I have been a rheumatologist for 40 years. Knowledge and improving therapeutics have made our profession increasingly gratifying and popular. Working with a colleague whose knowledge is complementary to one’s own is a great opportunity to enhance our skills and achieve more for our patients. Co-management and learning from one’s colleagues are luxuries I can recommend with confidence.
James T. Rosenbaum, MD, Shravani Mikkilineni, MD, MBA, Hadi Khazaei, MD, Davin C. Ashraf, MD, and John D. Ng, MD, MS, FACS, are affiliated with the Casey Eye Institute, Oregon Health & Science University, Portland. Dr. Rosenbaum is also affiliated with the Legacy Devers Eye Institute, Portland.
*A note about authorship: This essay was written in the first person by Dr. Rosenbaum. However, it could not have been written without the four collaborating orbital surgeons who made the clinic possible and who each reviewed and contributed to the content.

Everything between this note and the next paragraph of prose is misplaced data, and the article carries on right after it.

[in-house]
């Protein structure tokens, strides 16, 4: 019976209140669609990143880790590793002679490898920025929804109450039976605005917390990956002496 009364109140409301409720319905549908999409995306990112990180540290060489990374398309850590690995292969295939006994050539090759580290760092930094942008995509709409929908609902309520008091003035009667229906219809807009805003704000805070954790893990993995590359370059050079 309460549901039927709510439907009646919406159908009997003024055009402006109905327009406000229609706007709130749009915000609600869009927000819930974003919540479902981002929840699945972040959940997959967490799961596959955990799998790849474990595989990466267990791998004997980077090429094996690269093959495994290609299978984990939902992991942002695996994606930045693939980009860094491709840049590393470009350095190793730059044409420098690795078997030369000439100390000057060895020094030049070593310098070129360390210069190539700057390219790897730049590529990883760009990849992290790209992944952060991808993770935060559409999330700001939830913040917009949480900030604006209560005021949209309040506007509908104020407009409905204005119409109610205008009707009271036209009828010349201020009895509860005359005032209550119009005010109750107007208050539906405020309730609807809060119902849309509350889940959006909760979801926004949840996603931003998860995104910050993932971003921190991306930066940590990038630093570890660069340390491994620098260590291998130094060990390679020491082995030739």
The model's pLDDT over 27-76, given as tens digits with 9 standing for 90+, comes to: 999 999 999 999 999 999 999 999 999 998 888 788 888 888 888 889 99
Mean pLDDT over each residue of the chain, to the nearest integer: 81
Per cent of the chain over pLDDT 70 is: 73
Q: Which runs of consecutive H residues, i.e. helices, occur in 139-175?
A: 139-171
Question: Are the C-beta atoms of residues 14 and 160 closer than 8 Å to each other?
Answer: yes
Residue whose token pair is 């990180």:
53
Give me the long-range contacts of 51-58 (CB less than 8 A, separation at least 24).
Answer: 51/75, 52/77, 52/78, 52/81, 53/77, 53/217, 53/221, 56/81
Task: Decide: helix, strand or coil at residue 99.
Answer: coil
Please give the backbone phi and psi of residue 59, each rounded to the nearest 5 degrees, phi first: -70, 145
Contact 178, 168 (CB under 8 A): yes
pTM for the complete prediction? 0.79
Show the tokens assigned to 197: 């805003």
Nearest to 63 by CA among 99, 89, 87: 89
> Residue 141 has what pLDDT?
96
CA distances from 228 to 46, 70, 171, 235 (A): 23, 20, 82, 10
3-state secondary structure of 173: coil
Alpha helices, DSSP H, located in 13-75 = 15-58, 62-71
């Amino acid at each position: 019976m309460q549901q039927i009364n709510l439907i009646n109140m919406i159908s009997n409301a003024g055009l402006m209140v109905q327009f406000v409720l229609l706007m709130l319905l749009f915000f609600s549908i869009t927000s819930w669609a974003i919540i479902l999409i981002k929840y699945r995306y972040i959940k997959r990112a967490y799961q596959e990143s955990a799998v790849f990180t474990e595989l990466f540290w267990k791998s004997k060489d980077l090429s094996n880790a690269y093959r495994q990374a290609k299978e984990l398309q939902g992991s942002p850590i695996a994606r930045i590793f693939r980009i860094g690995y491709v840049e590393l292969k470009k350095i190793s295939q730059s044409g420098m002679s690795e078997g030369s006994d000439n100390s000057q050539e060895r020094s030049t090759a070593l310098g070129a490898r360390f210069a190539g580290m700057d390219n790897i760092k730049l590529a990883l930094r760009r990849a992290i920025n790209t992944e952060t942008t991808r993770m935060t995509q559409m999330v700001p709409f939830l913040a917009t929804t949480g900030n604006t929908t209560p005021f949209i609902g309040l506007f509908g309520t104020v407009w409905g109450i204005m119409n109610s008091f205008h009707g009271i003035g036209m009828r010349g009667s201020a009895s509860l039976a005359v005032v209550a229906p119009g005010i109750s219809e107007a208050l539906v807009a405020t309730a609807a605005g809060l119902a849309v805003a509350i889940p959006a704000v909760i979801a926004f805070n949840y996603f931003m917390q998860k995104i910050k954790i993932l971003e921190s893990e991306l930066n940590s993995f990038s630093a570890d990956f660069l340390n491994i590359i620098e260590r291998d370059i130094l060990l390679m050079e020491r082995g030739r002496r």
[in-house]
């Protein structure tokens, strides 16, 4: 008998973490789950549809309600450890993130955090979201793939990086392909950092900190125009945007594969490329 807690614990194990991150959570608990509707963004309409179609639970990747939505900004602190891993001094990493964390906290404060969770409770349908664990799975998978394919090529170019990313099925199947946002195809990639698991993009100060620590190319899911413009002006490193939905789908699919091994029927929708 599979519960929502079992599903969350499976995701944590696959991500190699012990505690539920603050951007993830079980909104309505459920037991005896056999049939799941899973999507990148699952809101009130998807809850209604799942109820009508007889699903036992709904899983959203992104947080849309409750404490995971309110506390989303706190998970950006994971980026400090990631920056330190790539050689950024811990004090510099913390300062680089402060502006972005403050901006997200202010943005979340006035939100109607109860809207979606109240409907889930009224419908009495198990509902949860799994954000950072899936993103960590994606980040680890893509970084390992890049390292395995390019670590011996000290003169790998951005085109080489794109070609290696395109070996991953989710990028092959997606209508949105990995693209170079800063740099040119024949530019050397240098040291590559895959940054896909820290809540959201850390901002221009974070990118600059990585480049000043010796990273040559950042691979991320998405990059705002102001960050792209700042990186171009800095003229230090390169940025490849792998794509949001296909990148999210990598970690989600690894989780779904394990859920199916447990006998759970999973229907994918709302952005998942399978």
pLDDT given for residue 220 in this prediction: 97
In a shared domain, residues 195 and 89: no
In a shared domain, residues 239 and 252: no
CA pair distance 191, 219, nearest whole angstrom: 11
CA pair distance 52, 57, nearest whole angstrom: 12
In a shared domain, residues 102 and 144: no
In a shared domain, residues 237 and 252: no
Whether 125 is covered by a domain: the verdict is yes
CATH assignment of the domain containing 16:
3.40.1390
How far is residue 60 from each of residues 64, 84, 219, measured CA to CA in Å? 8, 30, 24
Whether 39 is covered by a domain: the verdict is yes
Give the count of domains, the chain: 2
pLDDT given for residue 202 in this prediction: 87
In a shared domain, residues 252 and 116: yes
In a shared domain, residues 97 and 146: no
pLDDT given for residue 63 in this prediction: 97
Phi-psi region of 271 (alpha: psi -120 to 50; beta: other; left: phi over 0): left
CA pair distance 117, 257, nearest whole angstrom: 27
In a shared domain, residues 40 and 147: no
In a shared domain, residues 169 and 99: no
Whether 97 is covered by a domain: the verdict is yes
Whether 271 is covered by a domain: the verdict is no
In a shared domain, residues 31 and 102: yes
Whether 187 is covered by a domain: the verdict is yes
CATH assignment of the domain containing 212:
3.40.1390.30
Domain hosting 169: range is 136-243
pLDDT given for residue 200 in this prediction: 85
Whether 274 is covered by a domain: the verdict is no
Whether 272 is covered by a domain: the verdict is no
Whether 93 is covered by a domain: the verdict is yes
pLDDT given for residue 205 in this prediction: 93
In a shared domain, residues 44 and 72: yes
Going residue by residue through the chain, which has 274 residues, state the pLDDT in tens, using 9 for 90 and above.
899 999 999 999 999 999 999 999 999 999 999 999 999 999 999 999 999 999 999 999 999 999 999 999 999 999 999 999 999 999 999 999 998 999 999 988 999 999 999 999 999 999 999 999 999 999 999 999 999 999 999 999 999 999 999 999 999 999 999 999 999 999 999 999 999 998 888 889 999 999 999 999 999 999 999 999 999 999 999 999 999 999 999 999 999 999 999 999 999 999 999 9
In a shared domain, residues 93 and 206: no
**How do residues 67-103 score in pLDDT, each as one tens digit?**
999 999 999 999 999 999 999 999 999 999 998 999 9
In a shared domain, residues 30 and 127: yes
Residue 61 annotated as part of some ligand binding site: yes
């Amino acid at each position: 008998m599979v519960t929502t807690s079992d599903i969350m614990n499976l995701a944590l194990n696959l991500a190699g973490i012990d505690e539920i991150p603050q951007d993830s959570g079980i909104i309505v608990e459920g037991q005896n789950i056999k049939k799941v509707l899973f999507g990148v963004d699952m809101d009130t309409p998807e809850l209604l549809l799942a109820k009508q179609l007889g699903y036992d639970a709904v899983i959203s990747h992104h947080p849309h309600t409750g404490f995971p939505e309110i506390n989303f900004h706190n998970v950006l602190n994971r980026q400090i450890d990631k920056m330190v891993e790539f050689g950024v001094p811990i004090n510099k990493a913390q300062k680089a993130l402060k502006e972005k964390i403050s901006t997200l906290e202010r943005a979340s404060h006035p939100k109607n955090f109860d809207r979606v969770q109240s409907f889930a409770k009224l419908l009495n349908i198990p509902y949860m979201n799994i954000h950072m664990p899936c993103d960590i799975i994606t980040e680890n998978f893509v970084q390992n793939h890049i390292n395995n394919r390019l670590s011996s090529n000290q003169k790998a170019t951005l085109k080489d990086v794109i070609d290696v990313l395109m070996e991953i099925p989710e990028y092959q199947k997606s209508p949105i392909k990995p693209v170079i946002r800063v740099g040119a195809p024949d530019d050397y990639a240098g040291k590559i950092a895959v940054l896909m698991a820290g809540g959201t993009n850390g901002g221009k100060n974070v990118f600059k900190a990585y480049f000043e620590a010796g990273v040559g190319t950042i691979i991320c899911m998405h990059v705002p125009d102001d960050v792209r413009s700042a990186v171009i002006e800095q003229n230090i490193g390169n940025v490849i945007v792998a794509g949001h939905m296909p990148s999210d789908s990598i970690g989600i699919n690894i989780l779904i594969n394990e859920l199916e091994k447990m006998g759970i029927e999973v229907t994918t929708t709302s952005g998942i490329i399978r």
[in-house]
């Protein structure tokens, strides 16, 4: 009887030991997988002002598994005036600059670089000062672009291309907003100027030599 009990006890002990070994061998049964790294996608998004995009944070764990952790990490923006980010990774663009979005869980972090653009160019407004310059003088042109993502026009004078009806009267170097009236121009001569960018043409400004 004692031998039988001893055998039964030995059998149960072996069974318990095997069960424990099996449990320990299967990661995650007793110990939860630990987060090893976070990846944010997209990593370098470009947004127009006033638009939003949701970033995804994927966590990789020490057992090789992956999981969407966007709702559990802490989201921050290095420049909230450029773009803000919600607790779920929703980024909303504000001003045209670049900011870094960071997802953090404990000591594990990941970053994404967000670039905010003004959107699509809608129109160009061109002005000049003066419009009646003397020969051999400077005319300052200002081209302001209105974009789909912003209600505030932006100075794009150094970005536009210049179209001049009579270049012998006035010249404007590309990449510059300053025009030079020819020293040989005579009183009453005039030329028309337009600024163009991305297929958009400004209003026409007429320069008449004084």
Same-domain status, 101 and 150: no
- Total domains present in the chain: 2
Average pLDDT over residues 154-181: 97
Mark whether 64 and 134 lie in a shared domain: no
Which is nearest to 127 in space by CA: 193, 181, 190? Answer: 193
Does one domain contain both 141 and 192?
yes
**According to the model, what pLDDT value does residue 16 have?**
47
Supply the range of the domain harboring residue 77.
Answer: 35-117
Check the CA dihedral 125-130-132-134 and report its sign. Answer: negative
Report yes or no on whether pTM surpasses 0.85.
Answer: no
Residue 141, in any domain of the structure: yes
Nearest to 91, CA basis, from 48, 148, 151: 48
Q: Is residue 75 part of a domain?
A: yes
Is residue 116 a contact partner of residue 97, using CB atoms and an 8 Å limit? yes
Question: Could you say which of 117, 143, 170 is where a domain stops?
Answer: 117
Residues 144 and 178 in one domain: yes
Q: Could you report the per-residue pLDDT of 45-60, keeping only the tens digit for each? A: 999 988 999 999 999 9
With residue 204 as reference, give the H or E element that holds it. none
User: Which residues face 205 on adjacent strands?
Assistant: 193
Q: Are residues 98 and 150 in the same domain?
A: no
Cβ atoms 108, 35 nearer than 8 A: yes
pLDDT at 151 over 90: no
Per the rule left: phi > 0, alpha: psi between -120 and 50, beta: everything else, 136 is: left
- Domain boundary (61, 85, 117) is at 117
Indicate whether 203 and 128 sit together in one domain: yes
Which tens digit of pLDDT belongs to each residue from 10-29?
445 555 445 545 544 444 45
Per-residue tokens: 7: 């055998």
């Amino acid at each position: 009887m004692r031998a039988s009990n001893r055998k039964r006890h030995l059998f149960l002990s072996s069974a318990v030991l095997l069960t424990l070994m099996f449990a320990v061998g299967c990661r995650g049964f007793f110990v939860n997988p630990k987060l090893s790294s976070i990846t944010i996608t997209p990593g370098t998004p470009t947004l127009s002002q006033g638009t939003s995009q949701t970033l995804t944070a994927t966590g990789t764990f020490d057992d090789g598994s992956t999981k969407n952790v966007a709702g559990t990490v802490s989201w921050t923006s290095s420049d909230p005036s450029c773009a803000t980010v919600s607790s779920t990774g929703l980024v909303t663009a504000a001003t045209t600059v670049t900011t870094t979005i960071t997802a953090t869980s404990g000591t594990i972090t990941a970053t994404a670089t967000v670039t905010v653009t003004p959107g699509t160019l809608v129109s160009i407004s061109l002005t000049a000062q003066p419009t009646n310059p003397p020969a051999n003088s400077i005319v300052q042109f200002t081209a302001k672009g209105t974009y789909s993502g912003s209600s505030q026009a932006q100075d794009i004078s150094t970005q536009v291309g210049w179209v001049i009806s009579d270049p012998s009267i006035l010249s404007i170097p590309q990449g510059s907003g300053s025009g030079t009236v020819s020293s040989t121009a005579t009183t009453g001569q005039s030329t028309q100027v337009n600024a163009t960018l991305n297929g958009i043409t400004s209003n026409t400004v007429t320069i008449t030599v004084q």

Dr. Rosenbaum is a consultant for AbbVie, Gilead Sciences, Novartis, Revolo Biotherapeutics, Corvus Pharmaceuticals and Horizon Therapeutics. He has also received trial support from Horizon and Pfizer, and royalties from Up-to-Date. He has performed data monitoring for Celgene and BMS.
Dr. Ashraf has received support from Horizon for clinical trials.
Dr. Ng served as the primary investigator on clinical trials that received support from Horizon. He is also a shareholder in BioLogic, Aqua Research.